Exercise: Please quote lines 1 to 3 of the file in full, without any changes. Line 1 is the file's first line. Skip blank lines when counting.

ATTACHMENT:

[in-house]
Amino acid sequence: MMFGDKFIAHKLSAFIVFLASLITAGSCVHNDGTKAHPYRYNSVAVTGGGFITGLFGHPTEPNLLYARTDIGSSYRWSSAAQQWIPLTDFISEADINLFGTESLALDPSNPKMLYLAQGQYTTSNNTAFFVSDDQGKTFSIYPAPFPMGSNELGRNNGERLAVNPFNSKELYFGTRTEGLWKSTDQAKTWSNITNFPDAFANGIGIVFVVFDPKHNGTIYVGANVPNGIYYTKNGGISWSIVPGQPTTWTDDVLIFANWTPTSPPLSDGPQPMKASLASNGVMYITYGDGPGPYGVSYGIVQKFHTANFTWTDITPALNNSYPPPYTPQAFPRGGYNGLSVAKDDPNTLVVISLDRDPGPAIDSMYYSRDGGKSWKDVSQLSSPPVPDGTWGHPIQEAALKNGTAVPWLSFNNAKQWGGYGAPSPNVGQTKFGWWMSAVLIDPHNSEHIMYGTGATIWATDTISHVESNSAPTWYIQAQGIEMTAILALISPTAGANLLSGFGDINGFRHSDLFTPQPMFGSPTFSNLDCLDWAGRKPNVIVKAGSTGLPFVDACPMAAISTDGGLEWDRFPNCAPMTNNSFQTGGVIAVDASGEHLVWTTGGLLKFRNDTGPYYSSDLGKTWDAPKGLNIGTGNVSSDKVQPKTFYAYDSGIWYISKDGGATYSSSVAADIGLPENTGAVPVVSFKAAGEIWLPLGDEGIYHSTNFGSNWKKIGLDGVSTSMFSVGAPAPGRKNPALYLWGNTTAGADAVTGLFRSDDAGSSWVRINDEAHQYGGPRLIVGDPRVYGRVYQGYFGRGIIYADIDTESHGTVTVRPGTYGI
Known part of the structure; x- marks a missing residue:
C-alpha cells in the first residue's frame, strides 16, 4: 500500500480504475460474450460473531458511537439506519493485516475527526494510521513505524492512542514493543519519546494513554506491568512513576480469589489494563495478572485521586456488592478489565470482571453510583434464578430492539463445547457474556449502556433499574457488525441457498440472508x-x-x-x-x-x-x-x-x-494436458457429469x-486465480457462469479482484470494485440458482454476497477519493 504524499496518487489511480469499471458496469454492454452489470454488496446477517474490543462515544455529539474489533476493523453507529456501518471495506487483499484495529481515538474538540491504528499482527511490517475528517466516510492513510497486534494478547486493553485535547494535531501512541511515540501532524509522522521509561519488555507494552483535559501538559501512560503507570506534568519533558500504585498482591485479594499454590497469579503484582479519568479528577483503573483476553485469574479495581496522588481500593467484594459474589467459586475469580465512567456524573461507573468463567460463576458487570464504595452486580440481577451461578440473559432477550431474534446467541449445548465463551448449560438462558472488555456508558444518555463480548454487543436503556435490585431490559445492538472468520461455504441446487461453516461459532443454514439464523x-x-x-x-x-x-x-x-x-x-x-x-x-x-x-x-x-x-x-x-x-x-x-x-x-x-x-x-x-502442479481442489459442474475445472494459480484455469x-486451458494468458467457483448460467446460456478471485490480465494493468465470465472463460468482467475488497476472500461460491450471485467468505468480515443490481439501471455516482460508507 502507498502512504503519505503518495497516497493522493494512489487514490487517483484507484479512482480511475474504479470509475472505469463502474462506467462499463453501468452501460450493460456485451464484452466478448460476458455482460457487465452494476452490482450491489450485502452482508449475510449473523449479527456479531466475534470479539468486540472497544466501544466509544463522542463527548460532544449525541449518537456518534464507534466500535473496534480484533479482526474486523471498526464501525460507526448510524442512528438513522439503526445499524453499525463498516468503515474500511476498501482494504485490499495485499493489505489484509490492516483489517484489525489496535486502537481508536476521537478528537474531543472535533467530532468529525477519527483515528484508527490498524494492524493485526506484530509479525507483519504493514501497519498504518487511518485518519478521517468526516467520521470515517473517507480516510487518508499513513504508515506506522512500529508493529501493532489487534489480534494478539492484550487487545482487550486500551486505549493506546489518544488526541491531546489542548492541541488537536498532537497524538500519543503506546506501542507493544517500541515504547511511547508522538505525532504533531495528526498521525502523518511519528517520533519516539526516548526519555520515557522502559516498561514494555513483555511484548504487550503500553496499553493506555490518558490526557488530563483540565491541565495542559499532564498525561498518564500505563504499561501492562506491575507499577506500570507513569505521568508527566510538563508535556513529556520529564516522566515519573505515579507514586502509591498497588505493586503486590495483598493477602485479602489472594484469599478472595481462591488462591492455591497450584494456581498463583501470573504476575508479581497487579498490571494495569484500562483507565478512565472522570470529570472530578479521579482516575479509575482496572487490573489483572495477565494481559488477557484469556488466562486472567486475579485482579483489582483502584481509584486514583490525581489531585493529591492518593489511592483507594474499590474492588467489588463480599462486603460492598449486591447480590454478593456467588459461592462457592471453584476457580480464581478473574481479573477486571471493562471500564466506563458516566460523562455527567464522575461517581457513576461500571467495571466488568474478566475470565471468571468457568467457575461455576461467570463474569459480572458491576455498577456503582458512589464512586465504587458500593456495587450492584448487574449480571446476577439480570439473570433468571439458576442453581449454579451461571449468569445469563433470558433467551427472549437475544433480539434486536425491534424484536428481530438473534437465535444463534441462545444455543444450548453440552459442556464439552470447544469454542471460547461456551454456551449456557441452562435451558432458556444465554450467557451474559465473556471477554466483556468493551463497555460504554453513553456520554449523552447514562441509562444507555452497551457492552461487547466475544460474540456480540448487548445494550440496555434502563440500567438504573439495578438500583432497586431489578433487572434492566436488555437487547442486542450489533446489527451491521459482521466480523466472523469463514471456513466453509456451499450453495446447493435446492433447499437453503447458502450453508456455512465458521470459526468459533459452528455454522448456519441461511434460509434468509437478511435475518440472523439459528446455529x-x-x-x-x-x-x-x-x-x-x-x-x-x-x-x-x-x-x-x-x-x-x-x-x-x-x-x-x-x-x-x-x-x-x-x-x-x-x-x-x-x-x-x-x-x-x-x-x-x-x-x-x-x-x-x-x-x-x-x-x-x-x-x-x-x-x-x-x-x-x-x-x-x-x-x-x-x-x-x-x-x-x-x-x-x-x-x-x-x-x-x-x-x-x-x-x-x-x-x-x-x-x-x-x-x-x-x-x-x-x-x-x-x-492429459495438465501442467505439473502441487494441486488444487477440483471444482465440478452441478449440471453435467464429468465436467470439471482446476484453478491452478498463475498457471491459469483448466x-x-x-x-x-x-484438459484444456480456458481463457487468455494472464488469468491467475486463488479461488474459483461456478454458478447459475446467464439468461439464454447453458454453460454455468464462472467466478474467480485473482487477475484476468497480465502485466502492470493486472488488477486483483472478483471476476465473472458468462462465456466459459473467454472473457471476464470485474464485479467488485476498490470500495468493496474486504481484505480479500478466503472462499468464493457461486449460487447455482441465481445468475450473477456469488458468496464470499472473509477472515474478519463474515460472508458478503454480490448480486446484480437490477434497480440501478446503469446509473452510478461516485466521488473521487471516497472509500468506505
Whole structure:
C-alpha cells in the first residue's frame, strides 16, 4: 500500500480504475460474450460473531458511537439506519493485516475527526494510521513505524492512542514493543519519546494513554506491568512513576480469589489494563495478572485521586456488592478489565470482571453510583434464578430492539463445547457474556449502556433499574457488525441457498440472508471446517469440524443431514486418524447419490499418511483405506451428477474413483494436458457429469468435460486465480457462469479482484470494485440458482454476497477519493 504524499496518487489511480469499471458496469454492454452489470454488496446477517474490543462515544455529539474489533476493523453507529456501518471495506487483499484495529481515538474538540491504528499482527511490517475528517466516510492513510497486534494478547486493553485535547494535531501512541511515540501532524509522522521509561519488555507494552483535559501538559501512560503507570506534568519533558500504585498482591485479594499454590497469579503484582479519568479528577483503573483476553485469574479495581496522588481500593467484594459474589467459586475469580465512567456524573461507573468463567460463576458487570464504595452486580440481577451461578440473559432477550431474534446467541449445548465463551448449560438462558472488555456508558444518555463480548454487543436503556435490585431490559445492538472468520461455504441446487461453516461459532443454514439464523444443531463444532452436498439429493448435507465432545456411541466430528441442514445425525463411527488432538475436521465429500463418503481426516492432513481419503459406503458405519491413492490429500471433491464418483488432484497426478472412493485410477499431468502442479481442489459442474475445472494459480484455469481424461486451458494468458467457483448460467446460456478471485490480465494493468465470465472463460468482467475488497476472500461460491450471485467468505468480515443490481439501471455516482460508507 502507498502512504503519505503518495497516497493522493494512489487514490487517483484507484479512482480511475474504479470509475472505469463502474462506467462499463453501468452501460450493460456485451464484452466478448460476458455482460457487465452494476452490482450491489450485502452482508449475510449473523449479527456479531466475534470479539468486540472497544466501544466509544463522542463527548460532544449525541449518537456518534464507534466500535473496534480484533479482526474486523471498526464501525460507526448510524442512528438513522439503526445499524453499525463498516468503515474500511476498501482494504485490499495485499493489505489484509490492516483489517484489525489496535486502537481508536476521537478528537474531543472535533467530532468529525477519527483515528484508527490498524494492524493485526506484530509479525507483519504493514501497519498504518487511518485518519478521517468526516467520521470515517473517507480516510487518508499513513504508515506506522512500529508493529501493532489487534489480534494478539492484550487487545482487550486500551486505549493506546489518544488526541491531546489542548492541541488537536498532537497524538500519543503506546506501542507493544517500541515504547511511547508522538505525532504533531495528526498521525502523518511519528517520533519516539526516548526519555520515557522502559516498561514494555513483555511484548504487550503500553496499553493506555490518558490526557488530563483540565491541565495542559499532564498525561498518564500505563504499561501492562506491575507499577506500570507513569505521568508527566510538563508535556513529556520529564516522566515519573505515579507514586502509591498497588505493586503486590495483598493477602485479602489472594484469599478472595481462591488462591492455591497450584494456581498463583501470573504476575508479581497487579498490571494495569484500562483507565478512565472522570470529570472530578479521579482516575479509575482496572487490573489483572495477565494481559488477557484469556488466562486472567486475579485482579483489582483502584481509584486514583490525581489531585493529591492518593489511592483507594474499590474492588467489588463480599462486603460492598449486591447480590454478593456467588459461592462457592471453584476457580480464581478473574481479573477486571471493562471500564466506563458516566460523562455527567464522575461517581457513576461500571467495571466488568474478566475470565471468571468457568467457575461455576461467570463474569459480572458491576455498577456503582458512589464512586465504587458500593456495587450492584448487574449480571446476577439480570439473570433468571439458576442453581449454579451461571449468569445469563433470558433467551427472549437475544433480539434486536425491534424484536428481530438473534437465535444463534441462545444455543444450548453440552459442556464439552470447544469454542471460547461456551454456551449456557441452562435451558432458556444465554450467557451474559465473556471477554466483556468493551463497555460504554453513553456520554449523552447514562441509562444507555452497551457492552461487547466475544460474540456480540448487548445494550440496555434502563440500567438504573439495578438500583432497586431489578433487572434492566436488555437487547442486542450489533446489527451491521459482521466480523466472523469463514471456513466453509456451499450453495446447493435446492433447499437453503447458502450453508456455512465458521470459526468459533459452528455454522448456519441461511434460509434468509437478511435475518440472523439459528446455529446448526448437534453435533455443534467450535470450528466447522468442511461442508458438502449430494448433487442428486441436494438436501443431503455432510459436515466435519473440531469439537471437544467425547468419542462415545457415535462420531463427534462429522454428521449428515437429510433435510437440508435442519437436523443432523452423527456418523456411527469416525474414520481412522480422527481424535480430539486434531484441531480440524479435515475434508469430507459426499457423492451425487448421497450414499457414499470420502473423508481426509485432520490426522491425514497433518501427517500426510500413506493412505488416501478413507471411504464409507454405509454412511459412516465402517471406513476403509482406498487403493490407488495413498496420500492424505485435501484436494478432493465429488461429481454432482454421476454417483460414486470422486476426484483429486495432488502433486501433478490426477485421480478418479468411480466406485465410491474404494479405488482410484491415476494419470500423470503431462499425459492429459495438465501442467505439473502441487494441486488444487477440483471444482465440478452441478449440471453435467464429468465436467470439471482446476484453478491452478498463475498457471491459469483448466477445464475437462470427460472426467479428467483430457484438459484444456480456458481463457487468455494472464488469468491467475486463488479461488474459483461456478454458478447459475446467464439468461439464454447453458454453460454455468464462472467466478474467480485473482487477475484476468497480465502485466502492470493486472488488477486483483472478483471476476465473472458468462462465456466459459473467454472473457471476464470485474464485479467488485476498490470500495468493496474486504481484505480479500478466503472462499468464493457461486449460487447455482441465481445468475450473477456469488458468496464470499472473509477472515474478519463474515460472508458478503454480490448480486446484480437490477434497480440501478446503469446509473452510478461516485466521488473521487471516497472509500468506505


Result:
[in-house]
Amino acid sequence: MMFGDKFIAHKLSAFIVFLASLITAGSCVHNDGTKAHPYRYNSVAVTGGGFITGLFGHPTEPNLLYARTDIGSSYRWSSAAQQWIPLTDFISEADINLFGTESLALDPSNPKMLYLAQGQYTTSNNTAFFVSDDQGKTFSIYPAPFPMGSNELGRNNGERLAVNPFNSKELYFGTRTEGLWKSTDQAKTWSNITNFPDAFANGIGIVFVVFDPKHNGTIYVGANVPNGIYYTKNGGISWSIVPGQPTTWTDDVLIFANWTPTSPPLSDGPQPMKASLASNGVMYITYGDGPGPYGVSYGIVQKFHTANFTWTDITPALNNSYPPPYTPQAFPRGGYNGLSVAKDDPNTLVVISLDRDPGPAIDSMYYSRDGGKSWKDVSQLSSPPVPDGTWGHPIQEAALKNGTAVPWLSFNNAKQWGGYGAPSPNVGQTKFGWWMSAVLIDPHNSEHIMYGTGATIWATDTISHVESNSAPTWYIQAQGIEMTAILALISPTAGANLLSGFGDINGFRHSDLFTPQPMFGSPTFSNLDCLDWAGRKPNVIVKAGSTGLPFVDACPMAAISTDGGLEWDRFPNCAPMTNNSFQTGGVIAVDASGEHLVWTTGGLLKFRNDTGPYYSSDLGKTWDAPKGLNIGTGNVSSDKVQPKTFYAYDSGIWYISKDGGATYSSSVAADIGLPENTGAVPVVSFKAAGEIWLPLGDEGIYHSTNFGSNWKKIGLDGVSTSMFSVGAPAPGRKNPALYLWGNTTAGADAVTGLFRSDDAGSSWVRINDEAHQYGGPRLIVGDPRVYGRVYQGYFGRGIIYADIDTESHGTVTVRPGTYGI
Known part of the structure; x- marks a missing residue: